How Sports Tech emerged and where it is heading.


The current quantified self movement took root a few decades ago when the health benefits of an active lifestyle were not only documented but raised to hype by the mid-80s workout TV shows and at-home gym equipment.

Late 2000s, Kellogg’s and Adidas even partnered to insert step counters (pedometers) in popular cereal brands, so anyone could get into the habit of counting their daily steps - and rounding them up before turning in. GR-R-REAT!

The stage was thus set for the Sports and Fitness Tech worlds we are evolving in today …


Soon, athletes and coaches wanted more than step counts to quantify performances. New and advanced metrics such as GPS-based activity data, power, resting and max Heart Rate (HR) and sleep data were introduced along with fitness trackers and smartwatches - now widely used by pros and amateurs.

Until then, popular Sports and Fitness Techs were all about tracking biometrics so athletes and their coaches could make decisions, to the best of their knowledge and time on hand.


As COVID pandemic subsides, consumers - not unlike the VC world - feel an urge to go back to the fundamentals of wellbeing. Testament to that is the fact that body image - once ranked high among motivations to exercise - has been relegated to lower ranks and replaced by desires to feel good, to connect with others & the outdoors and to maintain a healthy work-life balance. The Wellness market is already a $1.5T opportunity with huge growth potential.

Next generation Sports Tech will have to acknowledge the holistic nature of human performance and address determinants of performance beyond biomechanics - the pillars of Wellness.

We have our eyes set on the following segments, and we know that the most innovative and disruptive tech will arise therein :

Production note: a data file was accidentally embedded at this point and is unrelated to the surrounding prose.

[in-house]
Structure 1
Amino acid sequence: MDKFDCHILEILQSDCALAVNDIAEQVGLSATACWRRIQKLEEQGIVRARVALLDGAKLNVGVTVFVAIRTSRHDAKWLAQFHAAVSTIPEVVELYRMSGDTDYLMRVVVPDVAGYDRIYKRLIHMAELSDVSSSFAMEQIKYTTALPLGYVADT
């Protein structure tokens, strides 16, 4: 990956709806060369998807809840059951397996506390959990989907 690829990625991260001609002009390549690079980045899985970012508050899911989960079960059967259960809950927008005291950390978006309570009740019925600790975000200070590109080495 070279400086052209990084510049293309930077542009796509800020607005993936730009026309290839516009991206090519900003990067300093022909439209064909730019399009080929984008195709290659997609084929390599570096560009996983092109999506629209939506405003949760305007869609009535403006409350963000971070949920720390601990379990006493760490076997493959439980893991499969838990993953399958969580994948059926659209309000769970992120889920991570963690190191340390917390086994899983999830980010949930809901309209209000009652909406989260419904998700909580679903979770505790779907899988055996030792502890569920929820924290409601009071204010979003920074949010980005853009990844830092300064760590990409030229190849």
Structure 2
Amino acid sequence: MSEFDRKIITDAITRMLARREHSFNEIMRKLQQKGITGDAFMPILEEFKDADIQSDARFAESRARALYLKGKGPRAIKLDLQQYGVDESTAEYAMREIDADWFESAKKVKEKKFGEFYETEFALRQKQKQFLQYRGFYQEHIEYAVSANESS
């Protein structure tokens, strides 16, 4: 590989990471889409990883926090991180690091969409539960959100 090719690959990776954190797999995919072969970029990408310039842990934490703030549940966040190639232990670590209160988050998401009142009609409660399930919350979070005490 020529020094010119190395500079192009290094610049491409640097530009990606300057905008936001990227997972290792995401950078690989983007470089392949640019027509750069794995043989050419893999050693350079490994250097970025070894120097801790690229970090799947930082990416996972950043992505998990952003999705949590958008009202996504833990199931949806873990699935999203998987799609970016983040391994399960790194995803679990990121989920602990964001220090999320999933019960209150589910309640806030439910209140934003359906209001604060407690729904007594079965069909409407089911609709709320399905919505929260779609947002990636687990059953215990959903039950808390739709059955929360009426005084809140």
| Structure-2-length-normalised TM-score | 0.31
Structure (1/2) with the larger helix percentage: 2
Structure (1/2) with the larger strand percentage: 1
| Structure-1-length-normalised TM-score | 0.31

• Nutrition 2.0 - Next generation nutritional solutions will be truly adapted to each athlete’s environment, needs and genetics. At-home DNA testing, blood panels, breath analyzers and meal challenges to evaluate metabolic health and flexibility are already being used to deliver personalised nutritional supplements, meal plans and coaching. Micronutrient printers should quickly follow and increasingly become commonplace in the athletes’ kitchen to design supplement tabs and foods fully tailored to the needs of high-demanding active lifestyles.

  • Gut microbiota - It’s not just about what you eat, but how your body utilises - or metabolises - it. Next generation athletes will use performance-enhancing pre and probiotics to optimise the composition of the billions of bacteria that line their intestines. On top of being pivotal for nutrient absorption, gut microbiota have a say in inflammation, in immunity and in mental & digestive wellbeing.

  • Metabolic and Cellular health - Performance supplements have traditionally focused on muscle building & recovery or on energy substrates. Mitochondria - the long overlooked cellular power plants - are now being recognised as performance limiters. Mitochondrial health will become an area of interest now that essential bioactives for mitochondria function are identified. Similarly, low wavelength red light devices will become common therapies to promote mitochondrial activity, with the added benefit of improving skin tone, soft tissue health, blood circulation and anti-inflammatory defences.

  • Recovery and regeneration - The amount of time spent training is minimal compared to the time spent recovering. The ability to recover from stressful and demanding events is pivotal for elite athletes as it allows greater training loads, adaptation and more fitness. Accelerating muscular and cellular regeneration using cold water immersion therapy, limb compression and self-massaging & impact devices to stimulate circulation, reduce swelling and revive muscles are becoming part of every athlete's toolboxes. Sufficient quality sleep is also a large part of recovery. Sleeptech - ranging from sleep tracking wearable, smart mattresses to sleep training apps - are increasingly being developed and should constitute a $40B market by 2027.